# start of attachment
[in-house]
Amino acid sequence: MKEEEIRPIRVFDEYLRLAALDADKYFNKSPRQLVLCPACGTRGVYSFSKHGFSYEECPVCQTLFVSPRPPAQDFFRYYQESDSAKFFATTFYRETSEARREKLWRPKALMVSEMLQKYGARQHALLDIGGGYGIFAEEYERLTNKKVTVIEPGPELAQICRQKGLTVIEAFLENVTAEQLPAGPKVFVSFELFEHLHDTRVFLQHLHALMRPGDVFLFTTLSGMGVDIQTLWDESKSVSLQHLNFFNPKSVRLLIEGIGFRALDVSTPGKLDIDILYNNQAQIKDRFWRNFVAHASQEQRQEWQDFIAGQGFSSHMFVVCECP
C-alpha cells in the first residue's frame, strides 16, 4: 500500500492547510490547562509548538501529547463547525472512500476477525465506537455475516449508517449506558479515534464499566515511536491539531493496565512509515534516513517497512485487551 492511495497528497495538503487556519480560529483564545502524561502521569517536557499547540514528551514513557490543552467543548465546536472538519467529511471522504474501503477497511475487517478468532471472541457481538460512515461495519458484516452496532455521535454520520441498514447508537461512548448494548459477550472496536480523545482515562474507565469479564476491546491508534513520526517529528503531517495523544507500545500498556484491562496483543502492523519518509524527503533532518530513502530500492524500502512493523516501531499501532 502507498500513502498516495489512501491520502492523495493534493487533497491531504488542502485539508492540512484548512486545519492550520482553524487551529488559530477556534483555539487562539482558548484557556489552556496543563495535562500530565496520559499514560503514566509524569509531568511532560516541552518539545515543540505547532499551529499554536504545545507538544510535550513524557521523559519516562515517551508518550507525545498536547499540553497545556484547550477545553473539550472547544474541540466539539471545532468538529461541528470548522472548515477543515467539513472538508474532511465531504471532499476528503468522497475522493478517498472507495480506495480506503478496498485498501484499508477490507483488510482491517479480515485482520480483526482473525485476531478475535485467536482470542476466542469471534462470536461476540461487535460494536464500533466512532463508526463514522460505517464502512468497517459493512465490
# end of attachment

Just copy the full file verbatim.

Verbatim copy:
[in-house]
Amino acid sequence: MKEEEIRPIRVFDEYLRLAALDADKYFNKSPRQLVLCPACGTRGVYSFSKHGFSYEECPVCQTLFVSPRPPAQDFFRYYQESDSAKFFATTFYRETSEARREKLWRPKALMVSEMLQKYGARQHALLDIGGGYGIFAEEYERLTNKKVTVIEPGPELAQICRQKGLTVIEAFLENVTAEQLPAGPKVFVSFELFEHLHDTRVFLQHLHALMRPGDVFLFTTLSGMGVDIQTLWDESKSVSLQHLNFFNPKSVRLLIEGIGFRALDVSTPGKLDIDILYNNQAQIKDRFWRNFVAHASQEQRQEWQDFIAGQGFSSHMFVVCECP
C-alpha cells in the first residue's frame, strides 16, 4: 500500500492547510490547562509548538501529547463547525472512500476477525465506537455475516449508517449506558479515534464499566515511536491539531493496565512509515534516513517497512485487551 492511495497528497495538503487556519480560529483564545502524561502521569517536557499547540514528551514513557490543552467543548465546536472538519467529511471522504474501503477497511475487517478468532471472541457481538460512515461495519458484516452496532455521535454520520441498514447508537461512548448494548459477550472496536480523545482515562474507565469479564476491546491508534513520526517529528503531517495523544507500545500498556484491562496483543502492523519518509524527503533532518530513502530500492524500502512493523516501531499501532 502507498500513502498516495489512501491520502492523495493534493487533497491531504488542502485539508492540512484548512486545519492550520482553524487551529488559530477556534483555539487562539482558548484557556489552556496543563495535562500530565496520559499514560503514566509524569509531568511532560516541552518539545515543540505547532499551529499554536504545545507538544510535550513524557521523559519516562515517551508518550507525545498536547499540553497545556484547550477545553473539550472547544474541540466539539471545532468538529461541528470548522472548515477543515467539513472538508474532511465531504471532499476528503468522497475522493478517498472507495480506495480506503478496498485498501484499508477490507483488510482491517479480515485482520480483526482473525485476531478475535485467536482470542476466542469471534462470536461476540461487535460494536464500533466512532463508526463514522460505517464502512468497517459493512465490